The removal of Articles 2 and 3 was central to the British strategy. These articles defined the territory of the nation as the island of Ireland and its islands. The Supreme Court in Dublin had insisted as a result there was a constitutional imperative on the Dublin government of the day to work for the unity of the island. It also sent a message that while Britain could hold the six counties because of its military superiority it defied the wish of the vast majority of the people of Ireland to see national self determination. With the articles gone the British establishment was in a better PR position with regard to its interference in Ireland. The Sunday Business Post editorial from 1998, quoted above, put it well in relation to the removal of Articles 2 and 3 when it said:

It is of course obvious that the consent of northern nationalists is not being sought in relation to the constitutional changes. These changes will mean that Irish people living in the six counties enjoy the same status as Irish people living in Kilburn or Boston. Mary mc Aleese might reflect next Christmas when she puts her “candle in the window” that she will henceforth be part of the very Diaspora that she seeks to encourage with her Christmas candle.

The agreement to legislate for a United Ireland in the context of the unionist veto, in others words never, is contained in the Ireland act of 1949. It is in the Northern Ireland act of 1973, it is in the Sunningdale agreement and the Anglo- Irish treaty. The stormont deal was just another chance for the British to give the two fingers to the nationalist majority in 30 of the 32 counties. This fact puts in embarrassing perspective the recent mutterings from Sinn Fein of a “Border poll”.

The referenda held to copper-fasten the agreement were the biggest piss take of all. Two separately worded texts. One of those texts, the one in the six counties carried primacy with regard to acceptance of the deal. The twenty six county text was simply a Trojan horse to ensure the deletion of Articles 2 and 3, a referendum on which was held the same day. Fianna Fail’s message plastered everywhere, including cinemas at the time was “Vote Yes for Peace”. That was how sophisticated the debate ever got at the time. While votes of the people which show 93% plus levels of approval are cause for ridicule in places like North Korea in “process” Ireland they were mighty.

It should also be remembered that the referenda were held in the presence of 30,000 British troops, a multiple of what the British military have in Afghanistan at present for example. There was also the very real and not subtle implication that if the British state was not allowed achieve its objectives the loyalist death squads would be unleashed again. The name the death squads operated under at the time was the Orange Volunteers . This group carried out a sustained and vicious campaign of sectarian attacks in the lead up to and well after the signing of the agreement.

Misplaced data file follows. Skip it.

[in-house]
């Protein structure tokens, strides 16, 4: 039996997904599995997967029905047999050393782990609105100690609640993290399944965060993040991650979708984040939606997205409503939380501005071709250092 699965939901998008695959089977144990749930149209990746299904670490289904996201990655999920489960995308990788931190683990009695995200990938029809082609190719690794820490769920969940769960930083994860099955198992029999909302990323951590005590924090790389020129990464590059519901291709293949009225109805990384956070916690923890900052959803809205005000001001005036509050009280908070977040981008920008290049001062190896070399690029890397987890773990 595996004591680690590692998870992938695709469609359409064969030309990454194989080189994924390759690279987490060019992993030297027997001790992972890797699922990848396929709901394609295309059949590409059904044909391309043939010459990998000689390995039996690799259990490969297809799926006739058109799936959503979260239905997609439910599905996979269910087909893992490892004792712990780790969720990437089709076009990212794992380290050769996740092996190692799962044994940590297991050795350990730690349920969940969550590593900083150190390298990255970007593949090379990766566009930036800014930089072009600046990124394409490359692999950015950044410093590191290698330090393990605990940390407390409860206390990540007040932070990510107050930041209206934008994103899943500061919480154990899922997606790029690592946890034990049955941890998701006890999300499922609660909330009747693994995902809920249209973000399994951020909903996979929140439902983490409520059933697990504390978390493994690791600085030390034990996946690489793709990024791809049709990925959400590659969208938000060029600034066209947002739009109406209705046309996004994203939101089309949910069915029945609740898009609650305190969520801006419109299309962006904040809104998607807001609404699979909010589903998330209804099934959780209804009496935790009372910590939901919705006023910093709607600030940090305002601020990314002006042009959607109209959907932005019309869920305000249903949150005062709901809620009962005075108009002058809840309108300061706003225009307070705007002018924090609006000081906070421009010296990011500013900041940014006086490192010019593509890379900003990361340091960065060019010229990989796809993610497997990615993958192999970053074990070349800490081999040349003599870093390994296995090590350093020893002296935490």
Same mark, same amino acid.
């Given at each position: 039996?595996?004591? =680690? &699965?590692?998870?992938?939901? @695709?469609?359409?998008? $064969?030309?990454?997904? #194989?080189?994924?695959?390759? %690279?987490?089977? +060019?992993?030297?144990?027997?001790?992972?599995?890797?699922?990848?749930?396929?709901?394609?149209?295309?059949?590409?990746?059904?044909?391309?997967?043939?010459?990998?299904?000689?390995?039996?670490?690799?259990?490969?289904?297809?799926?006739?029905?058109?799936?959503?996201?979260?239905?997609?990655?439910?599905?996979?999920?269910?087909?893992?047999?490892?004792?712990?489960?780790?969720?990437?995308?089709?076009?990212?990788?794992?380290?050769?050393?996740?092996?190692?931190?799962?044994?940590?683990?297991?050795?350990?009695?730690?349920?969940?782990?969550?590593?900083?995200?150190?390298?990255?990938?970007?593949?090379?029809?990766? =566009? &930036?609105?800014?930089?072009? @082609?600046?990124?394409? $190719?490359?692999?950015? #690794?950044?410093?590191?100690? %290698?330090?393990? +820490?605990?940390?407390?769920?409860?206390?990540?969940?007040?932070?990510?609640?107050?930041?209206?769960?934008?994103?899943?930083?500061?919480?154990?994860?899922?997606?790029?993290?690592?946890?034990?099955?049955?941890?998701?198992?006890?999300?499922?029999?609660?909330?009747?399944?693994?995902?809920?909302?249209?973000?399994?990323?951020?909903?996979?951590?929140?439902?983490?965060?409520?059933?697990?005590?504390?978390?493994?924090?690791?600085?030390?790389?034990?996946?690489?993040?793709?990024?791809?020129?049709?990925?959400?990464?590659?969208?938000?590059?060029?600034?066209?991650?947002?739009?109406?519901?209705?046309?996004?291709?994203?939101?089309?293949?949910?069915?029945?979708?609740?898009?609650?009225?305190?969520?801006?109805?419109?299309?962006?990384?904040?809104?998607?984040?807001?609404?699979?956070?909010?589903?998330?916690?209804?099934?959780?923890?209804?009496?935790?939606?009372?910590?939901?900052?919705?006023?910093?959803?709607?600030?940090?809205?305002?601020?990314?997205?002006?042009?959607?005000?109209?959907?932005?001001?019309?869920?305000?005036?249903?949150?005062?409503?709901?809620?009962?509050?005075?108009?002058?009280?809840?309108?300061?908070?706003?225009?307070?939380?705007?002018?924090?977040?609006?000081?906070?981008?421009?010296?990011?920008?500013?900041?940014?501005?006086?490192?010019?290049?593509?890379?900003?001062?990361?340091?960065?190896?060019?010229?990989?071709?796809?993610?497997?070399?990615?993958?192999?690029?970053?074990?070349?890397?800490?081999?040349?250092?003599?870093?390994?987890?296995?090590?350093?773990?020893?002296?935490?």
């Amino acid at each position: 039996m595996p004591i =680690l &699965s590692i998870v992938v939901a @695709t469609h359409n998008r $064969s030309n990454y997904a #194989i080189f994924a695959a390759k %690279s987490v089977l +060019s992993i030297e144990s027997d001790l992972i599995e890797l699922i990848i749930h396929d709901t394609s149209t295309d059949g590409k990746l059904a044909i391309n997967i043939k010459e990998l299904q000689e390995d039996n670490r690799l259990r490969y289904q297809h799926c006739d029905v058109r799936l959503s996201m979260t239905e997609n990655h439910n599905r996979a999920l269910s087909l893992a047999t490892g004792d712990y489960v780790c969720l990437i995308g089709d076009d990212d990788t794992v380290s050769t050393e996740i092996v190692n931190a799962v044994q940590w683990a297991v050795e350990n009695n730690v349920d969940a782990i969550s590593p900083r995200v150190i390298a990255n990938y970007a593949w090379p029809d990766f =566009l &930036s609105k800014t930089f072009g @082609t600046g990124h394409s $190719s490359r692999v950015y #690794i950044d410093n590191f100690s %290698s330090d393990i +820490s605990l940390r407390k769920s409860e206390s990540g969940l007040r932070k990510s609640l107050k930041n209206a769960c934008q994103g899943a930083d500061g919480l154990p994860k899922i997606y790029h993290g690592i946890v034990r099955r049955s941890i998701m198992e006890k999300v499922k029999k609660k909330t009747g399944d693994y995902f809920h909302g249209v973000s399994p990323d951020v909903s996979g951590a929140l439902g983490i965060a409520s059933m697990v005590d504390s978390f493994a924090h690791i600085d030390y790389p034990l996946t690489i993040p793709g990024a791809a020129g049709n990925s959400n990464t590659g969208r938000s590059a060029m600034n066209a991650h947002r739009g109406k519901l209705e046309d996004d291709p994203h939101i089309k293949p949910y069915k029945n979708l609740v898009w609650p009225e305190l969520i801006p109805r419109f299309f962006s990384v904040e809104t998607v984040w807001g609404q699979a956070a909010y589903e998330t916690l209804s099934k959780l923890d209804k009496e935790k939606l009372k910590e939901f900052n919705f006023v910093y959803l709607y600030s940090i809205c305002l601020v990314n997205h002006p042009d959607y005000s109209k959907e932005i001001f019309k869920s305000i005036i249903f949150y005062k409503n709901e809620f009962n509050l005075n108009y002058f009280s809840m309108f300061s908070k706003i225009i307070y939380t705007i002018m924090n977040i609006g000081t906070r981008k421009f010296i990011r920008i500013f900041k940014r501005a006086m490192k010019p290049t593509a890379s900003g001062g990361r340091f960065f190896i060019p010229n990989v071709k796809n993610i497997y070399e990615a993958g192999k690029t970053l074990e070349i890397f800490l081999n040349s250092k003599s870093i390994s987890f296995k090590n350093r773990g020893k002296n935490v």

The agreement also clearly sought to get a trade off between “Equality” and the abandonment of national sovereignty. The whole equality issue was a very public confirmation that equality was a stranger to the partitionist state for its entire shameful existence. Even in this area though those who claimed to represent Republican and Nationalist Ireland failed miserably. Brian Feeney wrote in April 1999:

 it is true the agreement is full of promises about equality, but no undertakings, you should note. Everything is subject to consultation and consideration. Meaningless phrases like “it is envisaged”, and “it is open to the assembly” litter the pages on equality. Most important of all though, apart the fact there is no undertaking to anything definite, there is no timetable for implementing any of it - even if “it” were ever to be agreed. Now Sinn Fein made the running, publicly at least, on the equality agenda, as they call it. It was their genius negotiators who agreed to all this candy floss - so they have nobody to blame but themselves if there is no timetable.

The perspective of time lets us see that literally no movement has come on making the six counties a more decent place for Nationalists to live. The Irish language still fails to be shown any respect by the state. There are more peace walls now than then, Belfast has recorded some of the highest rates of suicide in Western Europe in the last 15 years. 130,000 people are affected by unemployment in the six counties, including 23% of 18-24 year olds. In West Belfast 46% of children live below the poverty line.

While at the time of the deal people could be held for 7 days without charge that is now 28 days. Plastic bullets are still used along now with stun guns and water cannon.

Conspiracy laws have reached new levels of absurdity. The British state has indicated in 2012 its intention of bringing onto its statute books what it calls “closed material procedures” which means trials held in secret with victims denied even the most basic of legal protection like knowing the content of the evidence against them.